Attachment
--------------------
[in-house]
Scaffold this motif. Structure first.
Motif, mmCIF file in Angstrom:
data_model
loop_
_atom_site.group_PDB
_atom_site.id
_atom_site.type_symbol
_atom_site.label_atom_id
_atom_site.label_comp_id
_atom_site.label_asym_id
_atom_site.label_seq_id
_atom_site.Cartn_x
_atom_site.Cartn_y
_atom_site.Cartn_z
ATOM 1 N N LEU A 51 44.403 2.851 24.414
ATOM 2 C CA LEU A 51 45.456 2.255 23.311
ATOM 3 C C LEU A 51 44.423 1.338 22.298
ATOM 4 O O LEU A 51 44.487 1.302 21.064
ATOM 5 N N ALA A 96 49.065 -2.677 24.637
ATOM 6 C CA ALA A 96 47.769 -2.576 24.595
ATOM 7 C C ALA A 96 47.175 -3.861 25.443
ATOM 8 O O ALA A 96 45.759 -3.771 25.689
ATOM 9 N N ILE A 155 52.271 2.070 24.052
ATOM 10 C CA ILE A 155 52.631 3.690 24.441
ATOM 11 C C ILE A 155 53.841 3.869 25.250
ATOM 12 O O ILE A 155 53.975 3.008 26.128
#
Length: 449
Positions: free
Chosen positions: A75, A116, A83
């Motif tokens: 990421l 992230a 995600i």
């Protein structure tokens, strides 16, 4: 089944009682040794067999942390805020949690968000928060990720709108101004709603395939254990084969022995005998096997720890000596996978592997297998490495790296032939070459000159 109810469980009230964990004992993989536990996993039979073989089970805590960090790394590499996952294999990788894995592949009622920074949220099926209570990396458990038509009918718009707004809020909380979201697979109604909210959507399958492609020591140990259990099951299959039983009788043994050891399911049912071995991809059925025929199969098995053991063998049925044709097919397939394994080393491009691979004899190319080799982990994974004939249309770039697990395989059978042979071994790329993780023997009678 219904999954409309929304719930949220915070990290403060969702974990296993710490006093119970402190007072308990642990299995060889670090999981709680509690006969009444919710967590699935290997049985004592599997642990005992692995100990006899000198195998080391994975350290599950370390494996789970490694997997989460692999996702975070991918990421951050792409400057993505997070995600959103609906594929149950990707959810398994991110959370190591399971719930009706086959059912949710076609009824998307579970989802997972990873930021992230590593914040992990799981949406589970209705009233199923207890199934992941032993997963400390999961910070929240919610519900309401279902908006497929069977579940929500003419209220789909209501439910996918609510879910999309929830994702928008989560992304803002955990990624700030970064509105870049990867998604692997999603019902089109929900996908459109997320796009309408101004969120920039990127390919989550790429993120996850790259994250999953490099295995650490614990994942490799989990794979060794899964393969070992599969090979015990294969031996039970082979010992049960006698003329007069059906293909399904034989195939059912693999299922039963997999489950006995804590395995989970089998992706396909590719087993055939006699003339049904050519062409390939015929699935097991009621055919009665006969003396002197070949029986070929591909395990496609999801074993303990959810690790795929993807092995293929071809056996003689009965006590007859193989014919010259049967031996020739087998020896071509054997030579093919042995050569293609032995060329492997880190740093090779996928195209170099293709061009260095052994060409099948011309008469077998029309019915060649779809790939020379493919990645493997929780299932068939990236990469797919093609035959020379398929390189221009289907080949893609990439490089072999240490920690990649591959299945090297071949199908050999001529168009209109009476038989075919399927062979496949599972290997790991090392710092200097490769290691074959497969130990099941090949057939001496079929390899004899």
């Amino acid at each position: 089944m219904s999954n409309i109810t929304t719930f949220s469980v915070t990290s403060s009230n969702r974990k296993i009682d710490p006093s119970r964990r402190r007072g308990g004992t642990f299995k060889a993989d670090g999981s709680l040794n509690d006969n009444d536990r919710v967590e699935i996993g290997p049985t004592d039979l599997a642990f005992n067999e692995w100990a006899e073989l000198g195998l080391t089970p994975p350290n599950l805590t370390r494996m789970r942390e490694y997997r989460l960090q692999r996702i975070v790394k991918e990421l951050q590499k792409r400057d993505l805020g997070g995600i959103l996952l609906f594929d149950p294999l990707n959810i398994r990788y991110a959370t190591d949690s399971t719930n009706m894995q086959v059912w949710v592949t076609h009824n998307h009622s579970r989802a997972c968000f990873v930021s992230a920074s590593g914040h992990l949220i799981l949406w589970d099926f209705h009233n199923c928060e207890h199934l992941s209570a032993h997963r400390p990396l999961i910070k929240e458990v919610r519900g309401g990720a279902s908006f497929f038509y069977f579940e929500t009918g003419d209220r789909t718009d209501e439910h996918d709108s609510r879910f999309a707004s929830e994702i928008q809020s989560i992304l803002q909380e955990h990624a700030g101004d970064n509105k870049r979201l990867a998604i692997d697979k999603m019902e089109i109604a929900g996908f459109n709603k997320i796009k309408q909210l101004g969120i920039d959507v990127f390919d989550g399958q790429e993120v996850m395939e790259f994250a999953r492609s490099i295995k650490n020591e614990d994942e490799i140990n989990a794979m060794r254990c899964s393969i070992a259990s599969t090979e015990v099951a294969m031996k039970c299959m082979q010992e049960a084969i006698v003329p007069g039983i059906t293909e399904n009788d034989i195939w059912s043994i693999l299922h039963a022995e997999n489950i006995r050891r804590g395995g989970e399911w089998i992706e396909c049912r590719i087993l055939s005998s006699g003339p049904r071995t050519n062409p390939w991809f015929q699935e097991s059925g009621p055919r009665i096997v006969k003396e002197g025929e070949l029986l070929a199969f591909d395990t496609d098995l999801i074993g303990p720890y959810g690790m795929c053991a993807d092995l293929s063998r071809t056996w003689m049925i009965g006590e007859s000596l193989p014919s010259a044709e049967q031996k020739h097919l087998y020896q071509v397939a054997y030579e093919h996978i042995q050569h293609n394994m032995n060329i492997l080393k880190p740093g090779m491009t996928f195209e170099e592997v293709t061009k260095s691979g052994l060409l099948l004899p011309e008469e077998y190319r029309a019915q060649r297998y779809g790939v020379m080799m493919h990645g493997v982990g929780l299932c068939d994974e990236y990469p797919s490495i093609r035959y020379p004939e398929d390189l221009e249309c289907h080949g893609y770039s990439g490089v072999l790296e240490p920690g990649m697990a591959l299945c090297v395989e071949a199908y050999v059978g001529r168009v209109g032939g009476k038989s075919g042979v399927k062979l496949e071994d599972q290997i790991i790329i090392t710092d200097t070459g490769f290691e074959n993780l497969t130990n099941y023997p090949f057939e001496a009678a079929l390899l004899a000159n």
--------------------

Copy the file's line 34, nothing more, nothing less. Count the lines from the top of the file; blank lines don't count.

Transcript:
């Amino acid at each position: 089944m219904s999954n409309i109810t929304t719930f949220s469980v915070t990290s403060s009230n969702r974990k296993i009682d710490p006093s119970r964990r402190r007072g308990g004992t642990f299995k060889a993989d670090g999981s709680l040794n509690d006969n009444d536990r919710v967590e699935i996993g290997p049985t004592d039979l599997a642990f005992n067999e692995w100990a006899e073989l000198g195998l080391t089970p994975p350290n599950l805590t370390r494996m789970r942390e490694y997997r989460l960090q692999r996702i975070v790394k991918e990421l951050q590499k792409r400057d993505l805020g997070g995600i959103l996952l609906f594929d149950p294999l990707n959810i398994r990788y991110a959370t190591d949690s399971t719930n009706m894995q086959v059912w949710v592949t076609h009824n998307h009622s579970r989802a997972c968000f990873v930021s992230a920074s590593g914040h992990l949220i799981l949406w589970d099926f209705h009233n199923c928060e207890h199934l992941s209570a032993h997963r400390p990396l999961i910070k929240e458990v919610r519900g309401g990720a279902s908006f497929f038509y069977f579940e929500t009918g003419d209220r789909t718009d209501e439910h996918d709108s609510r879910f999309a707004s929830e994702i928008q809020s989560i992304l803002q909380e955990h990624a700030g101004d970064n509105k870049r979201l990867a998604i692997d697979k999603m019902e089109i109604a929900g996908f459109n709603k997320i796009k309408q909210l101004g969120i920039d959507v990127f390919d989550g399958q790429e993120v996850m395939e790259f994250a999953r492609s490099i295995k650490n020591e614990d994942e490799i140990n989990a794979m060794r254990c899964s393969i070992a259990s599969t090979e015990v099951a294969m031996k039970c299959m082979q010992e049960a084969i006698v003329p007069g039983i059906t293909e399904n009788d034989i195939w059912s043994i693999l299922h039963a022995e997999n489950i006995r050891r804590g395995g989970e399911w089998i992706e396909c049912r590719i087993l055939s005998s006699g003339p049904r071995t050519n062409p390939w991809f015929q699935e097991s059925g009621p055919r009665i096997v006969k003396e002197g025929e070949l029986l070929a199969f591909d395990t496609d098995l999801i074993g303990p720890y959810g690790m795929c053991a993807d092995l293929s063998r071809t056996w003689m049925i009965g006590e007859s000596l193989p014919s010259a044709e049967q031996k020739h097919l087998y020896q071509v397939a054997y030579e093919h996978i042995q050569h293609n394994m032995n060329i492997l080393k880190p740093g090779m491009t996928f195209e170099e592997v293709t061009k260095s691979g052994l060409l099948l004899p011309e008469e077998y190319r029309a019915q060649r297998y779809g790939v020379m080799m493919h990645g493997v982990g929780l299932c068939d994974e990236y990469p797919s490495i093609r035959y020379p004939e398929d390189l221009e249309c289907h080949g893609y770039s990439g490089v072999l790296e240490p920690g990649m697990a591959l299945c090297v395989e071949a199908y050999v059978g001529r168009v209109g032939g009476k038989s075919g042979v399927k062979l496949e071994d599972q290997i790991i790329i090392t710092d200097t070459g490769f290691e074959n993780l497969t130990n099941y023997p090949f057939e001496a009678a079929l390899l004899a000159n």